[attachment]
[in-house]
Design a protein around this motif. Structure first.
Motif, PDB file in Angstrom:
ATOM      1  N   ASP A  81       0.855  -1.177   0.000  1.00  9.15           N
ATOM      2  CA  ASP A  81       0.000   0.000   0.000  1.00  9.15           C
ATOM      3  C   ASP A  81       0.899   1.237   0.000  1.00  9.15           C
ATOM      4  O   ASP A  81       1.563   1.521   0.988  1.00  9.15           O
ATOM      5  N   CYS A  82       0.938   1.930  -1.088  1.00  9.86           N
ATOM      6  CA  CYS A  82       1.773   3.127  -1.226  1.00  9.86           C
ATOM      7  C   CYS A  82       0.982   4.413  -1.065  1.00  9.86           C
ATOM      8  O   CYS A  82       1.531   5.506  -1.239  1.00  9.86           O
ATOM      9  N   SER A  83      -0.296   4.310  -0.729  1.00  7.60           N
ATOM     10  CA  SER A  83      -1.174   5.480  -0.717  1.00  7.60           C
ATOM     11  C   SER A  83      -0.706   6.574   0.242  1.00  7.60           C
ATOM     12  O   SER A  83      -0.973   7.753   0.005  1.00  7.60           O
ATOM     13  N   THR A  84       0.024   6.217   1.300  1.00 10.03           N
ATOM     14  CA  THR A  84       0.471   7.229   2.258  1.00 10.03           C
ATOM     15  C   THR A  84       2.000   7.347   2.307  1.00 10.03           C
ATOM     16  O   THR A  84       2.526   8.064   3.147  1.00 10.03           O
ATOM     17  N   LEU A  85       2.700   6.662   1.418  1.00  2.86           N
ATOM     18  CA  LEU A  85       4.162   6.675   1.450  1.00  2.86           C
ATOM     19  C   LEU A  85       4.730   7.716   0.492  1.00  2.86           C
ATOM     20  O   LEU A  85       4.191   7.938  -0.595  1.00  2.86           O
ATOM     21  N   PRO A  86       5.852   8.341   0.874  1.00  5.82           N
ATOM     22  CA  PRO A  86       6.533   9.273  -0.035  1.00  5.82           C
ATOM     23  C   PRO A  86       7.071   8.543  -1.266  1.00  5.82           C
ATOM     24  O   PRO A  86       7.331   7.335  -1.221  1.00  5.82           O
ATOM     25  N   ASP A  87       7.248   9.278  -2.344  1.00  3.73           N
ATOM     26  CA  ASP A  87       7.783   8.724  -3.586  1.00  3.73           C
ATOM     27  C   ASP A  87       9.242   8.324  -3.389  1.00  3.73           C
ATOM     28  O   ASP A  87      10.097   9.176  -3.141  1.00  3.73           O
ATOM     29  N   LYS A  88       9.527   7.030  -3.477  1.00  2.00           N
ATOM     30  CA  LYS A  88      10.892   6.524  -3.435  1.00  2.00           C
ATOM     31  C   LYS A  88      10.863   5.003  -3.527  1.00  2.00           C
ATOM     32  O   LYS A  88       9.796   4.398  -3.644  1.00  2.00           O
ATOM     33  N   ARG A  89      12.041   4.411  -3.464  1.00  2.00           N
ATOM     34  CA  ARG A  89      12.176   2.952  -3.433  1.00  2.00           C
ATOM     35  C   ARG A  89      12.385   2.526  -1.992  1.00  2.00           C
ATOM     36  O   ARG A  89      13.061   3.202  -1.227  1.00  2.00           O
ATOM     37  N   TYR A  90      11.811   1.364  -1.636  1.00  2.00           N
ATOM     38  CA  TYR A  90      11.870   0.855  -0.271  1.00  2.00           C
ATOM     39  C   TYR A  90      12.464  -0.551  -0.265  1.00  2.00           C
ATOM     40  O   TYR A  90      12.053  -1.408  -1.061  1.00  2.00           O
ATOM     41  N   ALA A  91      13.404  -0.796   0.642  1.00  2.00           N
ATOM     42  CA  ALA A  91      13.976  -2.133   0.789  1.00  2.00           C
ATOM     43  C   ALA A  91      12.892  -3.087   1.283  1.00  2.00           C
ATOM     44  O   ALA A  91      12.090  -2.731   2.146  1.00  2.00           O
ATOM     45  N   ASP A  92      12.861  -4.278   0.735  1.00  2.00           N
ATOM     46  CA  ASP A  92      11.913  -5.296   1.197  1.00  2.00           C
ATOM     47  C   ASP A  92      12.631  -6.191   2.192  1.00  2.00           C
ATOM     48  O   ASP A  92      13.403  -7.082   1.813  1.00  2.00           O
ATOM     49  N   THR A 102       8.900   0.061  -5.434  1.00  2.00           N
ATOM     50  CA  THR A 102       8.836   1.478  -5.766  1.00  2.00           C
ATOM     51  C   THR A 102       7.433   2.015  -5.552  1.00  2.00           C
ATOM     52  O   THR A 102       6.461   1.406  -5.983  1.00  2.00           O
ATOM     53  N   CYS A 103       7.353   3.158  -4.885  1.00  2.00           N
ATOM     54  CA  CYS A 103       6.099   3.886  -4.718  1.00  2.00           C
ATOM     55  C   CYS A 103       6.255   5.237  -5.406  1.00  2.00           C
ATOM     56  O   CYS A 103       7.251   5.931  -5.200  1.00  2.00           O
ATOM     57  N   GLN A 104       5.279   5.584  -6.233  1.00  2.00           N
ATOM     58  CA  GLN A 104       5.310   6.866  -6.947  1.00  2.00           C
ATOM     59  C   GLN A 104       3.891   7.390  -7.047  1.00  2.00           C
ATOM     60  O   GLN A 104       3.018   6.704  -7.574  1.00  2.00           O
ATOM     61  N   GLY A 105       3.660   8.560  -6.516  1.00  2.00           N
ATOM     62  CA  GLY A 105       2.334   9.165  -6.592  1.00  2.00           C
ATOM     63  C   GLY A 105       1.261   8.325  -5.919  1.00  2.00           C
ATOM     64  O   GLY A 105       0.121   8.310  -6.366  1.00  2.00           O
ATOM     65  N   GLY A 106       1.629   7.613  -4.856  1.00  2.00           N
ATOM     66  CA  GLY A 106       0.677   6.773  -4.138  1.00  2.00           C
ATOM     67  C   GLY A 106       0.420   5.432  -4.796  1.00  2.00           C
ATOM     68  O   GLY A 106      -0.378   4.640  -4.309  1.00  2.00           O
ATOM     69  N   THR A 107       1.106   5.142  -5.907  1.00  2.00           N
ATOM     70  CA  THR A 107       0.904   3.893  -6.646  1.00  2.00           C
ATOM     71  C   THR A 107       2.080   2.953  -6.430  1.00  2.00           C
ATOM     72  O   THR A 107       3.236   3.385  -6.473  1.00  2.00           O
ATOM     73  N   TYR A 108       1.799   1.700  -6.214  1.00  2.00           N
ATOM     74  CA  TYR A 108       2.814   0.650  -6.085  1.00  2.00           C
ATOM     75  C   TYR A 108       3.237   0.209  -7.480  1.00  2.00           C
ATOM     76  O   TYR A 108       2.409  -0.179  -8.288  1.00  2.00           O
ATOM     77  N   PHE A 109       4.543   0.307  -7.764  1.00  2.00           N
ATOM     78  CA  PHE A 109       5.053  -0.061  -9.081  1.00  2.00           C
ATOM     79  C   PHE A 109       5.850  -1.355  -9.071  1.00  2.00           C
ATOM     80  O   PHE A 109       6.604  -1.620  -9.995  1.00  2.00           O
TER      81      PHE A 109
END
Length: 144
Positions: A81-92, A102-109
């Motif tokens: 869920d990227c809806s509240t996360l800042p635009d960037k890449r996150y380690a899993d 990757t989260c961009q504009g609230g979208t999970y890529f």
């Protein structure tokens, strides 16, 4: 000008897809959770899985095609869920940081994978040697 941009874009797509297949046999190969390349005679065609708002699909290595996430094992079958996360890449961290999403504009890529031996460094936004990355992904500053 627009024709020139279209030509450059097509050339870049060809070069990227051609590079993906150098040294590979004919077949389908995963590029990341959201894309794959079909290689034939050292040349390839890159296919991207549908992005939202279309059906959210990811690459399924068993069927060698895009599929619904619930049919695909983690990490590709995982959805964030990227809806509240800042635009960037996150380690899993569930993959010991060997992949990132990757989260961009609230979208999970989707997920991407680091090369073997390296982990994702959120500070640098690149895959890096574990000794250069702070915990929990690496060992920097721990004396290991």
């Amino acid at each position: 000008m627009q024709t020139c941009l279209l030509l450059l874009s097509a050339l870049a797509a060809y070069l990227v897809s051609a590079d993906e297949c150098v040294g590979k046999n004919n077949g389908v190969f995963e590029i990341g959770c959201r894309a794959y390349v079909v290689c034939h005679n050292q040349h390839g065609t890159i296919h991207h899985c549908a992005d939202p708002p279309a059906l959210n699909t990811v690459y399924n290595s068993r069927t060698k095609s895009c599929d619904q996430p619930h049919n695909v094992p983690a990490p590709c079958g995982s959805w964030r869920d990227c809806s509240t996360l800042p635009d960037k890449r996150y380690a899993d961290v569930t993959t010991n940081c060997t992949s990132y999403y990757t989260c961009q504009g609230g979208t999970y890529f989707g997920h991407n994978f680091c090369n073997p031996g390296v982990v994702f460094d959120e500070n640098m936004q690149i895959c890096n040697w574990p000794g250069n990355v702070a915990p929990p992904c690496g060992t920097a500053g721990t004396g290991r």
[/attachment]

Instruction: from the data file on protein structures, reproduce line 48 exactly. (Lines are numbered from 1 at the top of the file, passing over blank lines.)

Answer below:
ATOM     45  N   ASP A  92      12.861  -4.278   0.735  1.00  2.00           N